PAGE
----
Moscow’s Chief of Police has reportedly said he believes this morning’s two explosions on the Moscow metro system were caused by suicide attackers detonating devices. Reports so far indicate that 37 people were killed. The Times is reporting that a senior Russian official has stated that the explosions were caused by two female suicide attackers.
The first attack occurred during Monday morning rush hour at 0750 local time in the Lubyanka railway station, killing 19 people both on the platform and on an incoming train reports the NYT. This might imply that the attacker was on the platform, but its likely too early to say anything for certain. Forty minutes later a second explosion occurred inside the second carriage of a train in the Park Kultury station, killing 14. Both stations are on the Red (Sokolnicheskaya) subway line.
Of course this is not the first time the Moscow underground system has been targeted. In February 2004 a male attacker, detonated a device on the metro’s Green line, killing 41 and injuring 120. Later in August 2004 a female attacker apparently panicked and prematurely detonated herself outside another metro station, killing ten people including her handler.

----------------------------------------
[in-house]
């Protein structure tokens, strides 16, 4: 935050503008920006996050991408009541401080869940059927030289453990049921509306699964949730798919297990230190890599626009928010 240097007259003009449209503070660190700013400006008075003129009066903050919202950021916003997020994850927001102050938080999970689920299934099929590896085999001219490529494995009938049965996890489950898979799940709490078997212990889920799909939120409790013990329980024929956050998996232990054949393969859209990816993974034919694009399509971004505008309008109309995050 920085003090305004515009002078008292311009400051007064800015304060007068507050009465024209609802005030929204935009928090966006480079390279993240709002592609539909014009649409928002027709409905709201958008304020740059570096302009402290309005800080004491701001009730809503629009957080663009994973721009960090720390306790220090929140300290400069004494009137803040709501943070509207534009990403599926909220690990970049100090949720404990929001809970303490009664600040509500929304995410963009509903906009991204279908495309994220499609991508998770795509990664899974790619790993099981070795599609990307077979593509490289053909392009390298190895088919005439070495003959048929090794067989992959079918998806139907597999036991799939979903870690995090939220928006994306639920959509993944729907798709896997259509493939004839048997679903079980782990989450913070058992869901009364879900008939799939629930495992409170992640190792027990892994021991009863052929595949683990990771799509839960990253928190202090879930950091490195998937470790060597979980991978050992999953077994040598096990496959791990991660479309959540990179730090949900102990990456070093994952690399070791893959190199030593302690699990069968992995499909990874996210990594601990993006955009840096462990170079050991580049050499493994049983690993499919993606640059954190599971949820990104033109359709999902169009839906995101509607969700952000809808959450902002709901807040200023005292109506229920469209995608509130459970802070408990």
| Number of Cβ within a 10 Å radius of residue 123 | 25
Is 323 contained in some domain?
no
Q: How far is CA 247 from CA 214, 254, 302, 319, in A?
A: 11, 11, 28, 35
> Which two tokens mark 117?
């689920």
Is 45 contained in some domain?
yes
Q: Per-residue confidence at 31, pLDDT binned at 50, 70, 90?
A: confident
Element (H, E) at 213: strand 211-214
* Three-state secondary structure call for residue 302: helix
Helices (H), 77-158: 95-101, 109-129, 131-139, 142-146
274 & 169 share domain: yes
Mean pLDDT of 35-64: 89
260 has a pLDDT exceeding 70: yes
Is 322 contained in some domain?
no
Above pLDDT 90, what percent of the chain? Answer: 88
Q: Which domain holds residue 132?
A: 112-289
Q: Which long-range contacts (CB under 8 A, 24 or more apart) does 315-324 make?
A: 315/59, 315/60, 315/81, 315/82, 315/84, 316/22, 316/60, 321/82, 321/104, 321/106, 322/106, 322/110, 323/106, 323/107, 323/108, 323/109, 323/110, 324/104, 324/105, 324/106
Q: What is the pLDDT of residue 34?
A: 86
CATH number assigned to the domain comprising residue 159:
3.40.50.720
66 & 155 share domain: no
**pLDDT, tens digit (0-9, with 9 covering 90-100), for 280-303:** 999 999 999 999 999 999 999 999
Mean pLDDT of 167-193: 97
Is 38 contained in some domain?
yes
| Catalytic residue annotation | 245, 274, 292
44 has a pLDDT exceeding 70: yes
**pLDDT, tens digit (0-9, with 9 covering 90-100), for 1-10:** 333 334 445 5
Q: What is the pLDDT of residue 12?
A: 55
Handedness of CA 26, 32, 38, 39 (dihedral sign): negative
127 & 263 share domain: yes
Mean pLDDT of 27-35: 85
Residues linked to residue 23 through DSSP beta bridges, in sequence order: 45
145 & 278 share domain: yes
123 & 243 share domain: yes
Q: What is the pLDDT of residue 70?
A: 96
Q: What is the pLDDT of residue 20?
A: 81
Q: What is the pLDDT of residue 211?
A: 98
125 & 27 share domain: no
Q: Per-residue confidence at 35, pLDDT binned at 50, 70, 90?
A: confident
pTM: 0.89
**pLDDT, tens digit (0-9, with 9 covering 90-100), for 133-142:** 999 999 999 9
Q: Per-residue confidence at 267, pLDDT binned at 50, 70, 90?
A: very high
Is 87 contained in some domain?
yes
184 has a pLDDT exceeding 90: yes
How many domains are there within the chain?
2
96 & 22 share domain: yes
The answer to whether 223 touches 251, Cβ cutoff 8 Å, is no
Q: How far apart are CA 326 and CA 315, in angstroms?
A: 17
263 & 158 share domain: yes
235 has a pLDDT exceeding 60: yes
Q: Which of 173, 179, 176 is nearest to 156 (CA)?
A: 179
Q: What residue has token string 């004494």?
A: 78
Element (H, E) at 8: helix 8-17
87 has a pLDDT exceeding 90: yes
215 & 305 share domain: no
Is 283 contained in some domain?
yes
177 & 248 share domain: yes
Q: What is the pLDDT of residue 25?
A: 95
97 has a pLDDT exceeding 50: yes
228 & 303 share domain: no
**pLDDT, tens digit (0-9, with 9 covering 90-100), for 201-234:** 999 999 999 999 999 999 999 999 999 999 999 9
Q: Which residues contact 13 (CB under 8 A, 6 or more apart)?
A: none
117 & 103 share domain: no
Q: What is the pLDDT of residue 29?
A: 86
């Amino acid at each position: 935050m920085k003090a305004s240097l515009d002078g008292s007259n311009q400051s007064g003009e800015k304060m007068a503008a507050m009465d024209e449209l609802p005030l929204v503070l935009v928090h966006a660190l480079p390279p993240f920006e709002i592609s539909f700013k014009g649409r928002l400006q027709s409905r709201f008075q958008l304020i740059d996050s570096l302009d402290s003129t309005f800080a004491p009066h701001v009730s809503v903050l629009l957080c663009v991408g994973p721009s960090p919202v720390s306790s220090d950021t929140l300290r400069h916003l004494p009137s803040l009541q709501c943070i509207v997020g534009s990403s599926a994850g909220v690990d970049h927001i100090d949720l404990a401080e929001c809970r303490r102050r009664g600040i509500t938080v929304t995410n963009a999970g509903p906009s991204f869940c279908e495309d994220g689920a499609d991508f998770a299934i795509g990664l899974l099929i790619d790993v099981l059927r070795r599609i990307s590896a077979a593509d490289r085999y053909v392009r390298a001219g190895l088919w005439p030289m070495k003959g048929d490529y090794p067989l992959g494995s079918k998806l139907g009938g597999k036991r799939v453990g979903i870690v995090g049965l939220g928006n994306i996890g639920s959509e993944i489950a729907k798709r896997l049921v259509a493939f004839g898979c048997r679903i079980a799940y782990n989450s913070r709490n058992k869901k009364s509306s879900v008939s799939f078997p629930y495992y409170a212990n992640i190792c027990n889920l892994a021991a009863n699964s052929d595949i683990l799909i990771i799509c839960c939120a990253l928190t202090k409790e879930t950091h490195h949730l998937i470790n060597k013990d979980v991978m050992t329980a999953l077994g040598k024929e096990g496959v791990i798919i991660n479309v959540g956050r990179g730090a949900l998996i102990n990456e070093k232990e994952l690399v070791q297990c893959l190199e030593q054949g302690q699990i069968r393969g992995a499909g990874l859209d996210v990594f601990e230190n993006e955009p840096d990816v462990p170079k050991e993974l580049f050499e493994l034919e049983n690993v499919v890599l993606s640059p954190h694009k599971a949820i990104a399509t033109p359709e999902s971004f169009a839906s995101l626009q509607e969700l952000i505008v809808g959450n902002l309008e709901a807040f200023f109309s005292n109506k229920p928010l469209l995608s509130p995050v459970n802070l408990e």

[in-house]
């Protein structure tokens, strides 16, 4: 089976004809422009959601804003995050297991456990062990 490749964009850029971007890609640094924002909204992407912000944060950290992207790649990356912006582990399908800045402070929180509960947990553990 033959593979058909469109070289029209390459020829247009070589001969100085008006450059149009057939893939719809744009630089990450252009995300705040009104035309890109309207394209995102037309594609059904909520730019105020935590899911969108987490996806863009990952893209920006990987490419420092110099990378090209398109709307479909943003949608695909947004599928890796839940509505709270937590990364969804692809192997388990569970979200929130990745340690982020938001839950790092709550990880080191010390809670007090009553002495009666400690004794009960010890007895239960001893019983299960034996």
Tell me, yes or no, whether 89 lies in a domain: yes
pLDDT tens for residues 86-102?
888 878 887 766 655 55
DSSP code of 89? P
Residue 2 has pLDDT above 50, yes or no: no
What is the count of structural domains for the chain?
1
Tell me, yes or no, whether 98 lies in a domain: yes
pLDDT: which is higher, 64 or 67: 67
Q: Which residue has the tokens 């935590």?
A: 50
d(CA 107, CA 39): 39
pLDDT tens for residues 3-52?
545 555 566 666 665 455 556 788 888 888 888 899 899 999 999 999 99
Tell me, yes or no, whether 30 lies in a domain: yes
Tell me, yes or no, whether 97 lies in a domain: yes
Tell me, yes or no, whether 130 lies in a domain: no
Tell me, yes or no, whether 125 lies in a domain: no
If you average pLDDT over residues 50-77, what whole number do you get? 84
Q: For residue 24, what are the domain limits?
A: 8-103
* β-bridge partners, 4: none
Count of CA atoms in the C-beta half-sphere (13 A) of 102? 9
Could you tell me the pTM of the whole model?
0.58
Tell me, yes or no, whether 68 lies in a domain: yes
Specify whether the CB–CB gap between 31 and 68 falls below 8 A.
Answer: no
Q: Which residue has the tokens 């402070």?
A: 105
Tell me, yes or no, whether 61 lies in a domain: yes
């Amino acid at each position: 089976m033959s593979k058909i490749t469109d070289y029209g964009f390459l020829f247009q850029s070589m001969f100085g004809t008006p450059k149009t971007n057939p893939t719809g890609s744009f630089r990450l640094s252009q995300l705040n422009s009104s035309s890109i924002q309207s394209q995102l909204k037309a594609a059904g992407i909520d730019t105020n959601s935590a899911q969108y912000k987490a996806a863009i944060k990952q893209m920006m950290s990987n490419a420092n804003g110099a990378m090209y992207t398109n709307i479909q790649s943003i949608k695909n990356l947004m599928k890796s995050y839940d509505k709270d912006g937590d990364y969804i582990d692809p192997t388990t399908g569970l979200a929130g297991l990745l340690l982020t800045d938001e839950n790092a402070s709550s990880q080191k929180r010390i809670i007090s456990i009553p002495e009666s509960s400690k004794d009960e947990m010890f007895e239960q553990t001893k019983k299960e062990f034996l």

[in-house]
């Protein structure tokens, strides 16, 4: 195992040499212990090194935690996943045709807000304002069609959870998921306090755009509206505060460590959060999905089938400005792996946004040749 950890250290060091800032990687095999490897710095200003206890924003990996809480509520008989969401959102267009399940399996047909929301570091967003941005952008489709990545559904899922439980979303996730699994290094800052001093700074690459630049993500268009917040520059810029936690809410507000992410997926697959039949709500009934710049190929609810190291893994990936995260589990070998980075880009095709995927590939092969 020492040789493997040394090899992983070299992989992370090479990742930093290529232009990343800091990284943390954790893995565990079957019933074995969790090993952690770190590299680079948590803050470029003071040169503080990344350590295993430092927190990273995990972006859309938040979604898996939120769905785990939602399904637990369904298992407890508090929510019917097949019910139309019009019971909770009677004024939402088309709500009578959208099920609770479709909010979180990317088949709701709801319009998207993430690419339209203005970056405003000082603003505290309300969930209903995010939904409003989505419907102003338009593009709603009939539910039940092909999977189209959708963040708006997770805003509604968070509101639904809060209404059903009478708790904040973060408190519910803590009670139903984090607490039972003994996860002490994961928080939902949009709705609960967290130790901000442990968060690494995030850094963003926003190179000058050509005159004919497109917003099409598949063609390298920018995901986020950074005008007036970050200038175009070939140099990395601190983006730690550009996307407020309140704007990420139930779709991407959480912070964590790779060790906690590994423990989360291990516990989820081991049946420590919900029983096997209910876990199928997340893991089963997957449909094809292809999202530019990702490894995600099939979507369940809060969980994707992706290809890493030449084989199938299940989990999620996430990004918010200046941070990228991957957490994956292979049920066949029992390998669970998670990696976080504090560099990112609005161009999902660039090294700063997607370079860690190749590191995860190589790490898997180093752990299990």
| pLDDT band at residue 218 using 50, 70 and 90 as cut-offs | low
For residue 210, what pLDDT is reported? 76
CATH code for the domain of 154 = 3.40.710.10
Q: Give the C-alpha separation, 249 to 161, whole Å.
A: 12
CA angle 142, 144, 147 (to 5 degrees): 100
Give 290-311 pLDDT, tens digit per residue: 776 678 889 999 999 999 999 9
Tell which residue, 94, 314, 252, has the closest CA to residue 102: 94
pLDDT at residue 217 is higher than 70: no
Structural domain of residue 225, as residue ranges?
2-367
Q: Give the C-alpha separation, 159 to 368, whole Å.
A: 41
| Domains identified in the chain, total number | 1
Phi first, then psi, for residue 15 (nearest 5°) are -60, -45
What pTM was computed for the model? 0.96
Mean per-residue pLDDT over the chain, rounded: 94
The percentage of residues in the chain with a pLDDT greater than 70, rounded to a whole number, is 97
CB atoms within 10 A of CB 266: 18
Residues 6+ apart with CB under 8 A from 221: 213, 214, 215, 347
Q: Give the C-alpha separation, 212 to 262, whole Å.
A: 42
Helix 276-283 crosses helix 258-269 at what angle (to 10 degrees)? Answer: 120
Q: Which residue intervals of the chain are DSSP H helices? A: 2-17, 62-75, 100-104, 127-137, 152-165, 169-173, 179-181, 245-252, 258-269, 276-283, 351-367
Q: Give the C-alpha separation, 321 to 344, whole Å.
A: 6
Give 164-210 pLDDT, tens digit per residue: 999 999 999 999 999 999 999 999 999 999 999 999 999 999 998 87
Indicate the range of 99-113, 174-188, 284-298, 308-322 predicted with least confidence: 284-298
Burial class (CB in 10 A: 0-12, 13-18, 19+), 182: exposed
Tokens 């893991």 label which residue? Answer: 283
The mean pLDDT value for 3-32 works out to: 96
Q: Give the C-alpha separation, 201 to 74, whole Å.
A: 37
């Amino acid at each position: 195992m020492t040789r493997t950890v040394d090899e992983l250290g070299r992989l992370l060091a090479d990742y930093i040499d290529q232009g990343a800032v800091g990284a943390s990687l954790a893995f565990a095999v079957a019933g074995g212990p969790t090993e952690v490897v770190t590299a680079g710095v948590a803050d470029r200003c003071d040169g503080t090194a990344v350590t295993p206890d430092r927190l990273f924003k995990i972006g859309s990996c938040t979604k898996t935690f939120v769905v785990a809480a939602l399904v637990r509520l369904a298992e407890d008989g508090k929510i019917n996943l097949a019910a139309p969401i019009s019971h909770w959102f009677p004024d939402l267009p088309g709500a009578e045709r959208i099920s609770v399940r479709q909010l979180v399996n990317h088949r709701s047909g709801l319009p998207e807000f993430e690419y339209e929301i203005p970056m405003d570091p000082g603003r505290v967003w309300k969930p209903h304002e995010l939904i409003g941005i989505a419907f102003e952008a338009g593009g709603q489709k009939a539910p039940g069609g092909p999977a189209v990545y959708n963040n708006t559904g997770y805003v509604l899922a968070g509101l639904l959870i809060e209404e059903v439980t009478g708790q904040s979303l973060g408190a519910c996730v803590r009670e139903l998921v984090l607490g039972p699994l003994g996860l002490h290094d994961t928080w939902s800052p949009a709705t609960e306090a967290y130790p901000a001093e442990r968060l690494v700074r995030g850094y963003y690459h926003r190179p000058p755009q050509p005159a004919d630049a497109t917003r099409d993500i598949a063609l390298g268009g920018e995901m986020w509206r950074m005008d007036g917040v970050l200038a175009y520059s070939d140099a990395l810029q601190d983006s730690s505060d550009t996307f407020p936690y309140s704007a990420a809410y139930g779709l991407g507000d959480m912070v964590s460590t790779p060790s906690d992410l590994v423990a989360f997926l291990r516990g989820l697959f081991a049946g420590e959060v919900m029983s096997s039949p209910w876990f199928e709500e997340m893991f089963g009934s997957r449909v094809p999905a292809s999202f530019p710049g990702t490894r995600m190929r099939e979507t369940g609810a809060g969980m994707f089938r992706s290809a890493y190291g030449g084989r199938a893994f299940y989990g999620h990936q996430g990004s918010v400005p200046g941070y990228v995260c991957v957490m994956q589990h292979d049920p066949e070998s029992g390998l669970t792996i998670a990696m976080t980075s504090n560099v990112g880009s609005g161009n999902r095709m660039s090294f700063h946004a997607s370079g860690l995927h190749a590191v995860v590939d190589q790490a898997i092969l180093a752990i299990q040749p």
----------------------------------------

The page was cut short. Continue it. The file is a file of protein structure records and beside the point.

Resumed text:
It seems likely that these attacks will prove to the work of Chechen or Ingush militants. As I noted previously (here, here and here), in Autumn 2009 there was a spate of new suicide attacks against Russian targets in Ingushetia, most of which were claimed by the Riyad-us-Saliheen (Gardens of the Righteous) Martyrs’ Brigade. The use of female attackers, if true, is certainly consistent with Chechen militants’ modus operandi for suicide operations.
It would appear that, if the same group is responsible, they have shifted their focus away from striking targets on their own ground to hitting the Russian capital. Whether they have the capacity to mount a campaign in Moscow remains to be seen.